Show Less
Restricted access

The Preamble as Policy

A Guidebook to Governance and Civic Duty

Robert Irons and Jim Twombly

In The Preamble as Policy: A Guidebook to Governance and Civic Duty the authors show that the Preamble to the Constitution is more than an introduction to the document; it sets the tone for the rest of the document and how it should be viewed and interpreted. It is also a list of goals for a new government and a tool for holding our elected representatives accountable for their efforts on our behalf. The Preamble as Policy looks at the history of the development of the Constitution to show how the Preamble can be used to judge the laws and policies enacted by the federal government. The Preamble as Policy weaves political thought, history, and current events together allowing for examination of an oft forgotten part of the Constitution. It provides a unique framework and firm foundation for class discussions or social interactions about what we have achieved as a nation and where we might have come up short.

Show Summary Details
Restricted access

Chapter Six Promote the General Welfare

Extract

Among the objectives listed by the Framers, none is more heavily debated than the last two words of the title of this chapter. That phrase stems from the third article of the Articles of Confederation, and it occurs not only in the Preamble but again within the body of the Constitution, in the first paragraph of Article I, Section 8: “The Congress shall have Power To lay and collect Taxes, Duties, Imposts and Excises, to pay the Debts and provide for the common Defence and general Welfare of the United States.” (National Archives 2020). Its meaning in the Articles of Confederation was unclear, and its use and meaning in the Constitution is repeatedly debated by politicians, academics and the judicial branch of the federal government.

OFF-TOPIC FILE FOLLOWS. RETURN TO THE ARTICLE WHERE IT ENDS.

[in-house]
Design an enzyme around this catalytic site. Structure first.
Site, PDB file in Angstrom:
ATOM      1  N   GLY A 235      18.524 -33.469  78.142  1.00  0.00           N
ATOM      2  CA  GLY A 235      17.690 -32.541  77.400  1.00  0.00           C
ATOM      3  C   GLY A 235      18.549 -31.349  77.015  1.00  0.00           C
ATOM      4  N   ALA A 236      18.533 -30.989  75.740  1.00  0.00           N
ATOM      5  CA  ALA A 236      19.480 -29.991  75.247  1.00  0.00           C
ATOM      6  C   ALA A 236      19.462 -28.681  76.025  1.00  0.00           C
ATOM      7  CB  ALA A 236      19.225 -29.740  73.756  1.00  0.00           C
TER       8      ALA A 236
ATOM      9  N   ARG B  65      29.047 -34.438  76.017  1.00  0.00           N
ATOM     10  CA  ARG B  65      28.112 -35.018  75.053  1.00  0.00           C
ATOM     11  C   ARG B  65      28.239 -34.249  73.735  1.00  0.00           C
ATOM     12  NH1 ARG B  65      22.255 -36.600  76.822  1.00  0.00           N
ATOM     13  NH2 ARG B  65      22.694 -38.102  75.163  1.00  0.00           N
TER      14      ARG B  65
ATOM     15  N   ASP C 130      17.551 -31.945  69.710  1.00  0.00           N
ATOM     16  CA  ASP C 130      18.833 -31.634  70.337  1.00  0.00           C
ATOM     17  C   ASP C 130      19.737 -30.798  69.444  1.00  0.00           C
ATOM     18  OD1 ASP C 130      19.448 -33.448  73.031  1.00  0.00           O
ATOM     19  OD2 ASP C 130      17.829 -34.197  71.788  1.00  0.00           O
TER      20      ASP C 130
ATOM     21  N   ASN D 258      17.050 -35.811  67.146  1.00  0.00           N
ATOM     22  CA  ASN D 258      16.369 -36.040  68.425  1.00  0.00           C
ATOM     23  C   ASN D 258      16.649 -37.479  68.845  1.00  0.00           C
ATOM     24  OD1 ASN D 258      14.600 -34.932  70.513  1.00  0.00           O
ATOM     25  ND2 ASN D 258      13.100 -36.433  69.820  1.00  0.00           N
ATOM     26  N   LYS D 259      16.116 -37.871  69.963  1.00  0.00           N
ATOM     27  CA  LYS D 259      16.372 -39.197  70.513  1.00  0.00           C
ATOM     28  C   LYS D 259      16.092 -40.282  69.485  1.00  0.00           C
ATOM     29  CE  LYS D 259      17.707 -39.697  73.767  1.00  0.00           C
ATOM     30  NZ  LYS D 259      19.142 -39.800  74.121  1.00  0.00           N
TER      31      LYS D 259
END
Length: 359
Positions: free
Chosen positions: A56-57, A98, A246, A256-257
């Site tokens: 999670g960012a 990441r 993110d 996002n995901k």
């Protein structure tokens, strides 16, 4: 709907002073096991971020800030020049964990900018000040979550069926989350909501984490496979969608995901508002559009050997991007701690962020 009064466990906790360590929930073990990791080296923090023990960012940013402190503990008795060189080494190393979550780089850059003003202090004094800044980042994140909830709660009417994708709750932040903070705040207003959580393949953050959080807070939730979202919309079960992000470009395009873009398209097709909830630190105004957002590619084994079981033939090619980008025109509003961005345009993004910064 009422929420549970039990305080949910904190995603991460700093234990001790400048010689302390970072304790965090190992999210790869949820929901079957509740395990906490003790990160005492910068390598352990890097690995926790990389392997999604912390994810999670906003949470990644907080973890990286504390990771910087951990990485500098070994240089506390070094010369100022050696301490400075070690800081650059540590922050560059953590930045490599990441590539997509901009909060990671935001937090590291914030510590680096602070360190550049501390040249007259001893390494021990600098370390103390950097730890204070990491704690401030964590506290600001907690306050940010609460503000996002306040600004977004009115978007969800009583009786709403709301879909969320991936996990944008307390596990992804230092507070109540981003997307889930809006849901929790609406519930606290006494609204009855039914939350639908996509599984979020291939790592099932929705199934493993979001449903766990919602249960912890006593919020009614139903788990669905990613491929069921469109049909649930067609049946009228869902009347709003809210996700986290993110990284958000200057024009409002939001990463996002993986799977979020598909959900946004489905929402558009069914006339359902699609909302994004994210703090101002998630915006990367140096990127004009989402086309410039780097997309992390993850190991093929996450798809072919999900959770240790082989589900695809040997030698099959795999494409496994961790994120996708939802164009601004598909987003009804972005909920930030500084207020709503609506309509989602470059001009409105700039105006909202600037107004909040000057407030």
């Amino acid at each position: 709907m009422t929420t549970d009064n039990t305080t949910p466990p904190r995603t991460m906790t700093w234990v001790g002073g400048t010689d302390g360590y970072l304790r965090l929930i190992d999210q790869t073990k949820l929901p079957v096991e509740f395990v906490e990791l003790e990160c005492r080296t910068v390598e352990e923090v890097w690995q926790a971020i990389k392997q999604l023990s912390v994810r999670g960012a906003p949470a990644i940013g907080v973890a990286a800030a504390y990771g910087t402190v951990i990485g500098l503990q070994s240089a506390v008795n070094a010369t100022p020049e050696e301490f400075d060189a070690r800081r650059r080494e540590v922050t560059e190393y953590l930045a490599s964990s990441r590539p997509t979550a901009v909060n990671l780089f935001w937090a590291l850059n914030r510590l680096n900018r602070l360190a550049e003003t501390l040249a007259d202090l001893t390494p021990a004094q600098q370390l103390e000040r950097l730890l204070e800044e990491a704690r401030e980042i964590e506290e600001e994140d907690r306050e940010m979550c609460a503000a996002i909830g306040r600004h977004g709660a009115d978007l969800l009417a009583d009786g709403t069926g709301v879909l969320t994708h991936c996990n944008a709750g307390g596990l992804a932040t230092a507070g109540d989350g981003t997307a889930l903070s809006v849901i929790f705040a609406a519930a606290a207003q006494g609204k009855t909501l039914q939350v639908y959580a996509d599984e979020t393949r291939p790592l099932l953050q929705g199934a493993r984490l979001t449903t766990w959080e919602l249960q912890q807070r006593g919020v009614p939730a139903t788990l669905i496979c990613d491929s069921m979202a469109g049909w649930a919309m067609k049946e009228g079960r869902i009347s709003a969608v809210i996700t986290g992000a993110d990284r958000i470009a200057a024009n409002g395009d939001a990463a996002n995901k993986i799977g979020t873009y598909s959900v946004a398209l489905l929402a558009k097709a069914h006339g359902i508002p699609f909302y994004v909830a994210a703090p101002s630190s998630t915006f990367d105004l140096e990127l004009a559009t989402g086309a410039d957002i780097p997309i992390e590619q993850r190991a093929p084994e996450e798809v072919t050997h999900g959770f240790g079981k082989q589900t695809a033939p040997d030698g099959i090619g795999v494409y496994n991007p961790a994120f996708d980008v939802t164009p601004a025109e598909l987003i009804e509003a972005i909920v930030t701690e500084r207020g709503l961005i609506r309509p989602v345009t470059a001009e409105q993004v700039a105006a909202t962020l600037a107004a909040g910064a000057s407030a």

The main underlying issue of concern is the size of government. Given the “sweeping clause” that was placed at the end of Article I, Section 8 (that Congress shall have the power “to make all Laws which shall be ←59 | 60→necessary and proper for carrying into Execution the foregoing Powers, and all other Powers vested by this Constitution in the Government of the United States, or in any Department or Officer thereof”), the combined powers of taxing (and spending) and making laws can rightly lead many to be concerned with limiting those powers. Fear of such sweeping power being held by the government formed the basis of anti-federalist opposition to the new Constitution and led to the federalists compromising by adopting the...

You are not authenticated to view the full text of this chapter or article.

This site requires a subscription or purchase to access the full text of books or journals.

Do you have any questions? Contact us.

Or login to access all content.